thing I saw was that these "ad-hoc procedures" were almost always, in fact,
the solutions that were required by the local rules.  Many pollworkers did
correctly open the emergency ballot compartments on scanners when those
scanners broke.  They did scan those ballots later, when the scanners were
repaired, and they did issue emergency paper ballots when they ran out of
official ballots or when the electronic voting machines broke.  In short,
when done competently, pollworker training does work.

The biggest problem with spending election day monitoring incident reports
is that all I saw, all day, was evidence of things going wrong.  As a
result, when I finally got a chance to see the media reporting after the
election was largely decided, I was surprised to see people saying that the
day went surprisingly smoothly with only occasional reports of trouble.

A final comment: Sadly, these incident reports are not fed back into the
system.  The Democratic and Republican parties each manage their own
incident reporting databases, but as far as I know, those databases are
routinely destroyed after each election.  The Election Protection folks at
866-Our-Vote maintain a public database, but it is largely ignored by
officialdom.  Sadly, when I have been in a position to look at multiple
incident reporting systems, I have rarely noticed the same incident being
reported more than once.  This makes me suspect that the three databases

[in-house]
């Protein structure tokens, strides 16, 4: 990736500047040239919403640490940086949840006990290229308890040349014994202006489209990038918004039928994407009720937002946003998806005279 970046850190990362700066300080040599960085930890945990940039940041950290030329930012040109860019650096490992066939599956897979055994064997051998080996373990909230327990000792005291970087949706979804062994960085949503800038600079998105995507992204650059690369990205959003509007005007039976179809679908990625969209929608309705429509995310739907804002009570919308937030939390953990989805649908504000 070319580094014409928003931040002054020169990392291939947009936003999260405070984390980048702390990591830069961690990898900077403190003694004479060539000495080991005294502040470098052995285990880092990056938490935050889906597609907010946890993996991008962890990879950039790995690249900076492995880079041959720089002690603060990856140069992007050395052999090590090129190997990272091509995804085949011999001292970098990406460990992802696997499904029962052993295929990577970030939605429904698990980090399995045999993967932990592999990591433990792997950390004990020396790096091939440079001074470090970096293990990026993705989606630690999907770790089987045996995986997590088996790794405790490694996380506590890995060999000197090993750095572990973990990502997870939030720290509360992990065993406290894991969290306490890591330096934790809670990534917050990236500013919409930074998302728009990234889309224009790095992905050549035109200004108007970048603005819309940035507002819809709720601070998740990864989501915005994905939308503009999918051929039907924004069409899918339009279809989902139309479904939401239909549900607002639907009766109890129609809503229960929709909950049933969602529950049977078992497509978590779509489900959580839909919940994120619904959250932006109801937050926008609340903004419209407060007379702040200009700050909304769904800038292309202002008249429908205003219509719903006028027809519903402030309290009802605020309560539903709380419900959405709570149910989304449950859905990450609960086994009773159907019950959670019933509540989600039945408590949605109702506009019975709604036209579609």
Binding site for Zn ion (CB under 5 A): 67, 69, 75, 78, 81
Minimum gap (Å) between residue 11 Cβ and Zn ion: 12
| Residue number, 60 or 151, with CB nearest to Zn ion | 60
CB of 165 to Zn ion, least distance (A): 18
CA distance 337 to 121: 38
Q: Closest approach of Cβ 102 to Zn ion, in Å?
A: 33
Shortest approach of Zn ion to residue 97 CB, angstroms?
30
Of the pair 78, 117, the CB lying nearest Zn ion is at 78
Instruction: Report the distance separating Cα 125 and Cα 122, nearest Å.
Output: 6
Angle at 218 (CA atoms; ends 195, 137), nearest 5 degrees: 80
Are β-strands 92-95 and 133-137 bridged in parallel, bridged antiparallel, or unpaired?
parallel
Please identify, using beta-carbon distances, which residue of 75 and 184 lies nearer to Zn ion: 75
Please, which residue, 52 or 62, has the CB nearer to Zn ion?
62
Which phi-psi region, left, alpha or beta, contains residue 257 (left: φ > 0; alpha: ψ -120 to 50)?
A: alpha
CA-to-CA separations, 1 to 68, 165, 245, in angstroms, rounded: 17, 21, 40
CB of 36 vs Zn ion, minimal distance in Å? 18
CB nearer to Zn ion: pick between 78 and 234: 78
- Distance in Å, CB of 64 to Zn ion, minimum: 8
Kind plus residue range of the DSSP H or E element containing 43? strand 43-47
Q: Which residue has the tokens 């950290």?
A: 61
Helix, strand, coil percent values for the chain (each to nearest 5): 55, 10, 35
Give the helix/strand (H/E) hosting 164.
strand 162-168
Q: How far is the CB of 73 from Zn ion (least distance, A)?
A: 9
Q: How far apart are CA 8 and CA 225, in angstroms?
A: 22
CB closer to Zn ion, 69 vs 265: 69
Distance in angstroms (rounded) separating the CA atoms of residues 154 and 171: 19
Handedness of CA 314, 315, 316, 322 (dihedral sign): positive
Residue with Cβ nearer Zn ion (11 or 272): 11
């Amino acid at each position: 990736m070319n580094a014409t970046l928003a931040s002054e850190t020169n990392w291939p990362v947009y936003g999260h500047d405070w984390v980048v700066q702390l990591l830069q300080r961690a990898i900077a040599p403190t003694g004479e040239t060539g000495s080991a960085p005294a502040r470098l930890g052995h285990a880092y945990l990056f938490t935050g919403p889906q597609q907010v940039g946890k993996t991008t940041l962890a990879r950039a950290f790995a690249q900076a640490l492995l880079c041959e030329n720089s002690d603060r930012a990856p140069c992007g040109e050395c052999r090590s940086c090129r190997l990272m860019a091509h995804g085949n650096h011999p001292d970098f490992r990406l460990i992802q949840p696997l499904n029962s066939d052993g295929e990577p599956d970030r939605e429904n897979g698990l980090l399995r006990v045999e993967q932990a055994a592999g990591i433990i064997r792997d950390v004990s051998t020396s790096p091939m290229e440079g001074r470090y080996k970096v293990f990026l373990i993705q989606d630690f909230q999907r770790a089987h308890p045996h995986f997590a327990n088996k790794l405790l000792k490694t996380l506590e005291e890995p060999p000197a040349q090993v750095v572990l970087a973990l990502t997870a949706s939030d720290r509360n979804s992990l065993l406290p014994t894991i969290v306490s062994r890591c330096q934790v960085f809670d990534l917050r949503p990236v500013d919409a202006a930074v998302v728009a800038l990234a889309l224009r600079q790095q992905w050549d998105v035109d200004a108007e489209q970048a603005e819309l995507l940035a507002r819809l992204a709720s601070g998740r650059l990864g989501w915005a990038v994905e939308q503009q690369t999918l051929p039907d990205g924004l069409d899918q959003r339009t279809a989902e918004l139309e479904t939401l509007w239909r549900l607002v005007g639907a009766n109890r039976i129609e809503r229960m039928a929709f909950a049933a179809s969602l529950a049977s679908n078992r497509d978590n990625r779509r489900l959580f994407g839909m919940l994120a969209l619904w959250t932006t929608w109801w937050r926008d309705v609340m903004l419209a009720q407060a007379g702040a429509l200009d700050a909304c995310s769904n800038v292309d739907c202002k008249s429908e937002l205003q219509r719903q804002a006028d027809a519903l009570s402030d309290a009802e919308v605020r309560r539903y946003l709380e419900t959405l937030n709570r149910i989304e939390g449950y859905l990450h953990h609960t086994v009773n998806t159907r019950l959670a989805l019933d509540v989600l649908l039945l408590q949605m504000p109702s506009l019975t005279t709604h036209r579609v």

I've mentioned above contain very little overlap.  It would be wonderful if
they could all be published, merged and subject to a careful analysis, but I
have no idea how to make this happen.

  [The usual disclaimer: All of the opinions I expressed above are my own
  and do not necessarily reflect the opinion of any agency or organization,
  be it public or private.  I wish, of course, that they would slavishly
  follow my lead except when I am wrong.]

My election day reports

Jeremy Epstein <jeremy.j.epstein@GMAIL.COM>
Fri, 9 Nov 2012 09:52:27 -0500
I wrote two reports about what I saw from a command center on election day.

  [I eschew summarizing, and urge you to read Jeremy's experiences. PGN]

Virginia city's ballot listing Obama as republican, Romney as democrat

Jeremy Epstein <jeremy.j.epstein@GMAIL.COM>
Tue, 6 Nov 2012 14:39:10 -0500
In one Virginia locality, the electronic voting machines were programmed to